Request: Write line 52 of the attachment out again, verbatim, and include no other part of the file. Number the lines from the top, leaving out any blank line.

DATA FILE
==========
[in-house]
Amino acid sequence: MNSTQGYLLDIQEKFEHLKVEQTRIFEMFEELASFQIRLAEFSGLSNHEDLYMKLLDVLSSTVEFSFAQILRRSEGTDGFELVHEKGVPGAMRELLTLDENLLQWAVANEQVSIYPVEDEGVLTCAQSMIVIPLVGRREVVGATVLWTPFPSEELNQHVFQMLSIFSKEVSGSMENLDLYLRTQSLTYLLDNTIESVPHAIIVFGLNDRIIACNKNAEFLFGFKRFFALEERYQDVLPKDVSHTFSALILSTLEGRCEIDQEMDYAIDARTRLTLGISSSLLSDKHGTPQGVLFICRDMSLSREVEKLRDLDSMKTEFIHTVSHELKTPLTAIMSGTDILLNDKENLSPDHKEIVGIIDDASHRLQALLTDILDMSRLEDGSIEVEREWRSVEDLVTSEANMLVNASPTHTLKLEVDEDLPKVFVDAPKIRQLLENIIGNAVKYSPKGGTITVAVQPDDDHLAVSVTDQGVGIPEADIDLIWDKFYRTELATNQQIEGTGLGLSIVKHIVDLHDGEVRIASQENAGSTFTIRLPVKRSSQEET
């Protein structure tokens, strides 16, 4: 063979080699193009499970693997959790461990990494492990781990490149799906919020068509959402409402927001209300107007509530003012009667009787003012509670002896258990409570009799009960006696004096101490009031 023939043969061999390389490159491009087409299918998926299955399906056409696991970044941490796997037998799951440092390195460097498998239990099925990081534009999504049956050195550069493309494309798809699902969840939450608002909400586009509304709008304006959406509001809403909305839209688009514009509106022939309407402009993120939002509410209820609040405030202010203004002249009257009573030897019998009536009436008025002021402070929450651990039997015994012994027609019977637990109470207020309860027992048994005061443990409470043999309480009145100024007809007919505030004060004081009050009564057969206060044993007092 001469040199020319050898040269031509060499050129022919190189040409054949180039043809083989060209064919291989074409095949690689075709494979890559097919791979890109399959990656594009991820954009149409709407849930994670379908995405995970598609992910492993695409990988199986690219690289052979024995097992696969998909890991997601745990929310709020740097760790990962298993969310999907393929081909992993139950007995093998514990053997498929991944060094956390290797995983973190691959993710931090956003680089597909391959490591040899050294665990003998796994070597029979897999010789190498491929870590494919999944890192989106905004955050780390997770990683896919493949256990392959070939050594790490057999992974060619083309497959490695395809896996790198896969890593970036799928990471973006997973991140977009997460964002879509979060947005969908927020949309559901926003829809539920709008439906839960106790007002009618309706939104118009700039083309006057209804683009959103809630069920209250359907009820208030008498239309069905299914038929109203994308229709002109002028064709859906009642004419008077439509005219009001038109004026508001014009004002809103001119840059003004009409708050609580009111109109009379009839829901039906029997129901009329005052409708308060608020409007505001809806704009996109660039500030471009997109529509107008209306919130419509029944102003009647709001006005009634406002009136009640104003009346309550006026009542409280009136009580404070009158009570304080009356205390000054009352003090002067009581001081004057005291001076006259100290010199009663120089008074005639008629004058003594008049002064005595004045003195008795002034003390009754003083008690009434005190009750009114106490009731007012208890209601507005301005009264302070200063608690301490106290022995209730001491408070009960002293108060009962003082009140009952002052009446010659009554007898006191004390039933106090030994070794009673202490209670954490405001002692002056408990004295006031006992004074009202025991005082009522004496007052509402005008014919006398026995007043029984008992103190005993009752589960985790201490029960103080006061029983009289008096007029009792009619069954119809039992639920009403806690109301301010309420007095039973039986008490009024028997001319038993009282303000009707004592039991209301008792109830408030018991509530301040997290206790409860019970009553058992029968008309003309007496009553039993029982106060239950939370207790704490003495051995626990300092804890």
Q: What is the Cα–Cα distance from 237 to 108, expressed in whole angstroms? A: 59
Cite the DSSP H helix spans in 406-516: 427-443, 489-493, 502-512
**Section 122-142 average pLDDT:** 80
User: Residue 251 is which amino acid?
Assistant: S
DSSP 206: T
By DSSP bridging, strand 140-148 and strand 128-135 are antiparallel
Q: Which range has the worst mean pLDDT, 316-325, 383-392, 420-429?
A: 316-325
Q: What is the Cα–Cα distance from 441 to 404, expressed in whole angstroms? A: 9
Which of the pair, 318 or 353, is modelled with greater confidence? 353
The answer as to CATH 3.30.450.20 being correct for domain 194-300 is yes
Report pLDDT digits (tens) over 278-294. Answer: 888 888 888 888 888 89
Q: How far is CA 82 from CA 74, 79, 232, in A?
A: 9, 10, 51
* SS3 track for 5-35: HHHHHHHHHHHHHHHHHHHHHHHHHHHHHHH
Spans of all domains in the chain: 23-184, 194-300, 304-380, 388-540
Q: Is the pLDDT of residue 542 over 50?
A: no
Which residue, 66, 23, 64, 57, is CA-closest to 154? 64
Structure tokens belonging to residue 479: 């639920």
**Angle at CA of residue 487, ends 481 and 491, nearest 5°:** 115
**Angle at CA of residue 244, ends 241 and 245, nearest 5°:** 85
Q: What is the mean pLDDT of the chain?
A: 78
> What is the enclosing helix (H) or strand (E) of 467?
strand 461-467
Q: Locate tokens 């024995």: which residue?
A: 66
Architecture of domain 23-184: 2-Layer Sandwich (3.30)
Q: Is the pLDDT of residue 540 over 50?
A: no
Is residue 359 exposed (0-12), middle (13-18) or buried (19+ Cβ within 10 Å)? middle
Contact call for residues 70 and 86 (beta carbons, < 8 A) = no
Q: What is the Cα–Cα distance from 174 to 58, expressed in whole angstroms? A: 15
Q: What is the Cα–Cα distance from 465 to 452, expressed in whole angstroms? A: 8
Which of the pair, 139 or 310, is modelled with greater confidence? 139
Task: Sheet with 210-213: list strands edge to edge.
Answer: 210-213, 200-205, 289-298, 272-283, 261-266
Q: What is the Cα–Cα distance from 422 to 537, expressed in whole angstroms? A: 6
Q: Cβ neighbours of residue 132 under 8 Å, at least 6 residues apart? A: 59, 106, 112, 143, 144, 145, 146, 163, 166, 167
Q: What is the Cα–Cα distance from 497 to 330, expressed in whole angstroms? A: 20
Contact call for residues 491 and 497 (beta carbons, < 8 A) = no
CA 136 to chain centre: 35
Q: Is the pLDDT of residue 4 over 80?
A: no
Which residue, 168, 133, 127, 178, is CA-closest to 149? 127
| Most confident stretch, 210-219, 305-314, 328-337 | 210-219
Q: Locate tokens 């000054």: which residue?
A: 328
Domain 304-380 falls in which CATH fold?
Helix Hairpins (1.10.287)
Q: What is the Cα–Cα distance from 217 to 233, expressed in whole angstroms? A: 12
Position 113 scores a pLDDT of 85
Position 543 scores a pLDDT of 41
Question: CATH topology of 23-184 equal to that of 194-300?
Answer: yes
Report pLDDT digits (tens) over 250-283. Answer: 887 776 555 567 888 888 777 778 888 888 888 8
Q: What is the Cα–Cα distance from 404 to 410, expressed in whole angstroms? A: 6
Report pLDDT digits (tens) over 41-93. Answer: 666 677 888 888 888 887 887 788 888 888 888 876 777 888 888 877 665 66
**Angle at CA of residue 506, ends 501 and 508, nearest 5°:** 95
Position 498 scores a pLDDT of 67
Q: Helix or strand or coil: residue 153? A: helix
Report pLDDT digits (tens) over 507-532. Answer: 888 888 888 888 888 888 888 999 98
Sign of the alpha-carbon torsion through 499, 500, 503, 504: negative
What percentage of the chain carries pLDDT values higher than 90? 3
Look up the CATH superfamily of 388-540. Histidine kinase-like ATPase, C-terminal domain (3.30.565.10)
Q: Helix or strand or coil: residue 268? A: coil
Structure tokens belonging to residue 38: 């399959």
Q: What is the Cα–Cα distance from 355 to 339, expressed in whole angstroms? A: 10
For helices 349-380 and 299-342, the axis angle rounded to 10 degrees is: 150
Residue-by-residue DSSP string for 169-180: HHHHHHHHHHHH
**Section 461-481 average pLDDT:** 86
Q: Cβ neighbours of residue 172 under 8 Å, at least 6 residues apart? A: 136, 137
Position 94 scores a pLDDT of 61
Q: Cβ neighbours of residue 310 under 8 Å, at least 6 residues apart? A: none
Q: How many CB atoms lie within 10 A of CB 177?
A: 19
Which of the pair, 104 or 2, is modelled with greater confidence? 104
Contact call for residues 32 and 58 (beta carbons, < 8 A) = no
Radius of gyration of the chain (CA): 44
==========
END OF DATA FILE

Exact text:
Q: Locate tokens 């000054």: which residue?